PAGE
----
18th September 2020
The ACT government has announced that a new $500 million hospital being built in Canberra’s south will be all-electric, ruling out the use of gas for heating and cooling equipment, allowing the hospital to become one of the first entirely powered by renewable energy.
The ACT government has committed to a substantial upgrade of Canberra’s largest hospital ahead of an election scheduled for October, and will use it as an opportunity to make a significant cut to its own greenhouse gas emissions.
The ACT currently sources the equivalent of its annual electricity needs from wind and solar projects, a transition it completed in October last year with the completion of the Hornsdale Stage 3 wind farm in South Australia. This arrangement means that the new hospital, using all-electric plant equipment including heating, cooling and lighting equipment, will be supplied with 100 per cent renewable energy.
The hospital will avoid the use of gas in heating and cooling systems, allowing the facility to contribute to reductions in the ACT’s emissions footprint.
And by committing to build the upgraded Canberra Hospital with all-electric appliances, the hospital can avoid the need to be connected to the mains gas network, helping to cut construction costs and eliminating the need for a fossil fuel supply to the facility.
ACT climate change and sustainability minister Shane Rattenbury says the project would be an ideal example of how climate change considerations can be factored into all government infrastructure decisions, and that this becomes increasingly important when making decisions on infrastructure intended to operate for decades into the future.
“Buildings like these will last for decades to come, and would otherwise be gas-powered – at significant health and financial cost to our community. Gas is a polluting fossil fuel, and the ACT Government has committed to transitioning away from climate-warming energy sources and instead, is fully embracing the renewable energy revolution,” Rattenbury said.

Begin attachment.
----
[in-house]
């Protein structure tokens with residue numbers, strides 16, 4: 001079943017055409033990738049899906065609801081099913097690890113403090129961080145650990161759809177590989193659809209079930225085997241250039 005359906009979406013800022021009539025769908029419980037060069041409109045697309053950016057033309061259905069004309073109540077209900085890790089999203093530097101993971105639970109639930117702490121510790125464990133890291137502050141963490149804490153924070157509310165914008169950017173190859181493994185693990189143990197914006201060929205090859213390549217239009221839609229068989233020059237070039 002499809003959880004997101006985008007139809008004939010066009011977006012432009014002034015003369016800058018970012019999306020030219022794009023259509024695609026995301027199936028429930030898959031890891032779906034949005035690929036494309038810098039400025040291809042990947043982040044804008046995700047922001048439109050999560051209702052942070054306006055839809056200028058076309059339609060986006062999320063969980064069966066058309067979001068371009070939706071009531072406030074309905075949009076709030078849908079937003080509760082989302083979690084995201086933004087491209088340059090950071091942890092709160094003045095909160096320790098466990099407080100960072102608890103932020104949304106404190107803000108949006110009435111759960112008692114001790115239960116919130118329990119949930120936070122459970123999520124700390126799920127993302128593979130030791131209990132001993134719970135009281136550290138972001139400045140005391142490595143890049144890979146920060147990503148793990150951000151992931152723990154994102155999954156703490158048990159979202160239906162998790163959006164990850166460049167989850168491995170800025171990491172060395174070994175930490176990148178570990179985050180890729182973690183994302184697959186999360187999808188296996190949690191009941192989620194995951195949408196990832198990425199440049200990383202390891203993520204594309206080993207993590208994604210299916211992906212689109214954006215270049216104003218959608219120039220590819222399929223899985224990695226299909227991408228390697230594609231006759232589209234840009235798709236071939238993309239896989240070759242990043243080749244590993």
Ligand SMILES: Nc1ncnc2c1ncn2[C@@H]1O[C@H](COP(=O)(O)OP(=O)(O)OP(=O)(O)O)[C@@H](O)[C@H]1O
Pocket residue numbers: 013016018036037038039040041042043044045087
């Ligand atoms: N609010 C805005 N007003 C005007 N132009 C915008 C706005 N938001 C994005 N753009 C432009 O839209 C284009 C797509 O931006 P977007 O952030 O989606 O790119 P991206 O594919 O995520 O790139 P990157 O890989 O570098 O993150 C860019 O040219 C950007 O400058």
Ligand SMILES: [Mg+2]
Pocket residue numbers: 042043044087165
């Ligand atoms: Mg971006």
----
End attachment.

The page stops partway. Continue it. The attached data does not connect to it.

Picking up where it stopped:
“At a time of climate emergency, every decision made by Governments must consider climate impacts. Across all sectors and across Government, we must act now to put our climate first.”
“Canberrans can be proud that our city is a global climate action leader. This major investment is again proof positive that the ACT is the nation’s climate action capital – leading the way nationally and globally on urgent climate action to build a better future, for all of us.”
As part of the ACT government’s 2019-2025 climate change strategy, the government committed to ensuring that all new government buildings will be all-electric and emissions-free, and includes a commitment to reduce emissions across ACT Health facilities.
Dr Arnagretta Hunter of the Climate Health Alliance welcomed the announcement, adding that many health professionals recognise the impacts that climate change will have on health, and that it was important the health sector played a role in reducing its own contribution to global warming.
“In the ACT we know about the health impacts of climate change because we lived through the horror summer, that Black Summer this year,” Dr Hunter said.
“Each one of us will have been exposed to that hazardous air pollution from the bushfire smoke. We’ve all suffered from extraordinary hot periods and heatwaves, which we’ve not seen previously. And we know that from the climate forecasts, we’re likely to see more of that into the future.”
“We’re going to need to do things differently, we’re going to have to have room for imagination. I think we’ve seen this initiative that’s being taken with this new hospital design,” Hunter added.
It is estimated that the all-electric hospital will help avoid an additional 1,886 tonnes of greenhouse emissions each year, the equivalent of taking 760 cars off the roads.
The announcement follows the ACT government securing a deal to build the territory’s first zero-emissions office building, which will house ACT government employees in the Canberra suburb of Dickson.
The ACT government has committed to the eventual phase-out of gas use in the national capital and provided clearance for the first gas-free suburb to be built in the ACT last year.